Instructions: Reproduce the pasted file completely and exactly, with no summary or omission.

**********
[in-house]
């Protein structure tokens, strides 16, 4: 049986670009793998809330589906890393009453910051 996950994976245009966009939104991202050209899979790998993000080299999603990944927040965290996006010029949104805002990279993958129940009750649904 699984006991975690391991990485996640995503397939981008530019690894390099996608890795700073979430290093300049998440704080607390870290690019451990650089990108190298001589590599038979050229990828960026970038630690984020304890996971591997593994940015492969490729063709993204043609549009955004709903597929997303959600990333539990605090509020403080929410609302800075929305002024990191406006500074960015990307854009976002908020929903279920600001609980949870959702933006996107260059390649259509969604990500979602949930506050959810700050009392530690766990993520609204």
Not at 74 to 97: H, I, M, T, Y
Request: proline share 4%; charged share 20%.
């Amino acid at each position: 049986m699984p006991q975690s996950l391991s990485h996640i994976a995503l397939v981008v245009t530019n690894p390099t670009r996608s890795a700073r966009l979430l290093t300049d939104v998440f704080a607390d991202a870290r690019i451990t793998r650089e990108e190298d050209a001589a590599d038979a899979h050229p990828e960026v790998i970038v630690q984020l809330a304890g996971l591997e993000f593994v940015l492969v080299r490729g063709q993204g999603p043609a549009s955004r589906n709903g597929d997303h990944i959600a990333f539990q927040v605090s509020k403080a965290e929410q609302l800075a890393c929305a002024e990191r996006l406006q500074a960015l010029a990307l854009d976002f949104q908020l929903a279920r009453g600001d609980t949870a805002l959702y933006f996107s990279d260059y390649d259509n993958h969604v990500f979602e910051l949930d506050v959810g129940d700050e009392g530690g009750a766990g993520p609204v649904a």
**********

[in-house]
């Protein structure tokens, strides 16, 4: 049986670009793998809330589906890393009453910051 996950994976245009966009939104991202050209899979790998993000080299999603990944927040965290996006010029949104805002990279993958129940009750649904 699984006991975690391991990485996640995503397939981008530019690894390099996608890795700073979430290093300049998440704080607390870290690019451990650089990108190298001589590599038979050229990828960026970038630690984020304890996971591997593994940015492969490729063709993204043609549009955004709903597929997303959600990333539990605090509020403080929410609302800075929305002024990191406006500074960015990307854009976002908020929903279920600001609980949870959702933006996107260059390649259509969604990500979602949930506050959810700050009392530690766990993520609204």
Not at 74 to 97: H, I, M, T, Y
Request: proline share 4%; charged share 20%.
């Amino acid at each position: 049986m699984p006991q975690s996950l391991s990485h996640i994976a995503l397939v981008v245009t530019n690894p390099t670009r996608s890795a700073r966009l979430l290093t300049d939104v998440f704080a607390d991202a870290r690019i451990t793998r650089e990108e190298d050209a001589a590599d038979a899979h050229p990828e960026v790998i970038v630690q984020l809330a304890g996971l591997e993000f593994v940015l492969v080299r490729g063709q993204g999603p043609a549009s955004r589906n709903g597929d997303h990944i959600a990333f539990q927040v605090s509020k403080a965290e929410q609302l800075a890393c929305a002024e990191r996006l406006q500074a960015l010029a990307l854009d976002f949104q908020l929903a279920r009453g600001d609980t949870a805002l959702y933006f996107s990279d260059y390649d259509n993958h969604v990500f979602e910051l949930d506050v959810g129940d700050e009392g530690g009750a766990g993520p609204v649904a």